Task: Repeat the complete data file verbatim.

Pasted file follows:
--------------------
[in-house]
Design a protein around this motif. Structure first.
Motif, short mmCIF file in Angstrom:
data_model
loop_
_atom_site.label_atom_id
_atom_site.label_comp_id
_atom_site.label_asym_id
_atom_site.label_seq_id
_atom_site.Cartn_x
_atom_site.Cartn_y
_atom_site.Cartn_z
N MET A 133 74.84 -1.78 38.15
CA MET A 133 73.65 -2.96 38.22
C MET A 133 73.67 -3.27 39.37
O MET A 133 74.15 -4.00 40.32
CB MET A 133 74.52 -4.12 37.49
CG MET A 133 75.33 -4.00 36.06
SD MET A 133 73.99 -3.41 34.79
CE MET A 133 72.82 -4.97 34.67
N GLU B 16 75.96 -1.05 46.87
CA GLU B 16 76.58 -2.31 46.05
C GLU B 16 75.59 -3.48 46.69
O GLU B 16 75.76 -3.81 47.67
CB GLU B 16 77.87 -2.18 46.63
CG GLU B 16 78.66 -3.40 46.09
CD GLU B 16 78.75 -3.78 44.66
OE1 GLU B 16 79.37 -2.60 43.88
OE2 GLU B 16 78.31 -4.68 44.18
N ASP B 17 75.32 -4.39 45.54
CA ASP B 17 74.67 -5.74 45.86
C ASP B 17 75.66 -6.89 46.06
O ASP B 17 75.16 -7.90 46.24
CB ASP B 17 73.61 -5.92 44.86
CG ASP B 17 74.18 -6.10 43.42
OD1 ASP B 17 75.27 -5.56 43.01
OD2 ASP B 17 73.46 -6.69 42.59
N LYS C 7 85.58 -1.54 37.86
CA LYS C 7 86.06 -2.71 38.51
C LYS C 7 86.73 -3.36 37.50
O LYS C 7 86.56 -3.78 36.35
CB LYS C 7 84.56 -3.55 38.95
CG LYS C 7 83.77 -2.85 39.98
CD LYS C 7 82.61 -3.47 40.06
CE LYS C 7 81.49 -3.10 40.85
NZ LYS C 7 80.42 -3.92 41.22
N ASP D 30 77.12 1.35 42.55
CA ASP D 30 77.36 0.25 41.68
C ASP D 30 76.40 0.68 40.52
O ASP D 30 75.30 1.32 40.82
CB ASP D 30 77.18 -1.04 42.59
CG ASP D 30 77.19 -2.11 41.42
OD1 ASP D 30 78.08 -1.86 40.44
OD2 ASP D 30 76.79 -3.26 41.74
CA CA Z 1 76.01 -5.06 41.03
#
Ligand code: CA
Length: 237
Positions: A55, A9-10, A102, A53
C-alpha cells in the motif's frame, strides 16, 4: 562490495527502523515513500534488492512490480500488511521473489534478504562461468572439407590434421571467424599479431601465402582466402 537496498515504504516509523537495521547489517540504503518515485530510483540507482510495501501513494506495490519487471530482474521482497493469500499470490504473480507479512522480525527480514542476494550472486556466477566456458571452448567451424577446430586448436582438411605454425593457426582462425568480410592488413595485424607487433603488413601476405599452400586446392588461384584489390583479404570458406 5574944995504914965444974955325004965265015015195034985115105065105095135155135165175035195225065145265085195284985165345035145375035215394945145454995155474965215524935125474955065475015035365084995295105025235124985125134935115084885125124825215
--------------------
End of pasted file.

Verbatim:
[in-house]
Design a protein around this motif. Structure first.
Motif, short mmCIF file in Angstrom:
data_model
loop_
_atom_site.label_atom_id
_atom_site.label_comp_id
_atom_site.label_asym_id
_atom_site.label_seq_id
_atom_site.Cartn_x
_atom_site.Cartn_y
_atom_site.Cartn_z
N MET A 133 74.84 -1.78 38.15
CA MET A 133 73.65 -2.96 38.22
C MET A 133 73.67 -3.27 39.37
O MET A 133 74.15 -4.00 40.32
CB MET A 133 74.52 -4.12 37.49
CG MET A 133 75.33 -4.00 36.06
SD MET A 133 73.99 -3.41 34.79
CE MET A 133 72.82 -4.97 34.67
N GLU B 16 75.96 -1.05 46.87
CA GLU B 16 76.58 -2.31 46.05
C GLU B 16 75.59 -3.48 46.69
O GLU B 16 75.76 -3.81 47.67
CB GLU B 16 77.87 -2.18 46.63
CG GLU B 16 78.66 -3.40 46.09
CD GLU B 16 78.75 -3.78 44.66
OE1 GLU B 16 79.37 -2.60 43.88
OE2 GLU B 16 78.31 -4.68 44.18
N ASP B 17 75.32 -4.39 45.54
CA ASP B 17 74.67 -5.74 45.86
C ASP B 17 75.66 -6.89 46.06
O ASP B 17 75.16 -7.90 46.24
CB ASP B 17 73.61 -5.92 44.86
CG ASP B 17 74.18 -6.10 43.42
OD1 ASP B 17 75.27 -5.56 43.01
OD2 ASP B 17 73.46 -6.69 42.59
N LYS C 7 85.58 -1.54 37.86
CA LYS C 7 86.06 -2.71 38.51
C LYS C 7 86.73 -3.36 37.50
O LYS C 7 86.56 -3.78 36.35
CB LYS C 7 84.56 -3.55 38.95
CG LYS C 7 83.77 -2.85 39.98
CD LYS C 7 82.61 -3.47 40.06
CE LYS C 7 81.49 -3.10 40.85
NZ LYS C 7 80.42 -3.92 41.22
N ASP D 30 77.12 1.35 42.55
CA ASP D 30 77.36 0.25 41.68
C ASP D 30 76.40 0.68 40.52
O ASP D 30 75.30 1.32 40.82
CB ASP D 30 77.18 -1.04 42.59
CG ASP D 30 77.19 -2.11 41.42
OD1 ASP D 30 78.08 -1.86 40.44
OD2 ASP D 30 76.79 -3.26 41.74
CA CA Z 1 76.01 -5.06 41.03
#
Ligand code: CA
Length: 237
Positions: A55, A9-10, A102, A53
C-alpha cells in the motif's frame, strides 16, 4: 562490495527502523515513500534488492512490480500488511521473489534478504562461468572439407590434421571467424599479431601465402582466402 537496498515504504516509523537495521547489517540504503518515485530510483540507482510495501501513494506495490519487471530482474521482497493469500499470490504473480507479512522480525527480514542476494550472486556466477566456458571452448567451424577446430586448436582438411605454425593457426582462425568480410592488413595485424607487433603488413601476405599452400586446392588461384584489390583479404570458406 5574944995504914965444974955325004965265015015195034985115105065105095135155135165175035195225065145265085195284985165345035145375035215394945145454995155474965215524935125474955065475015035365084995295105025235124985125134935115084885125124825215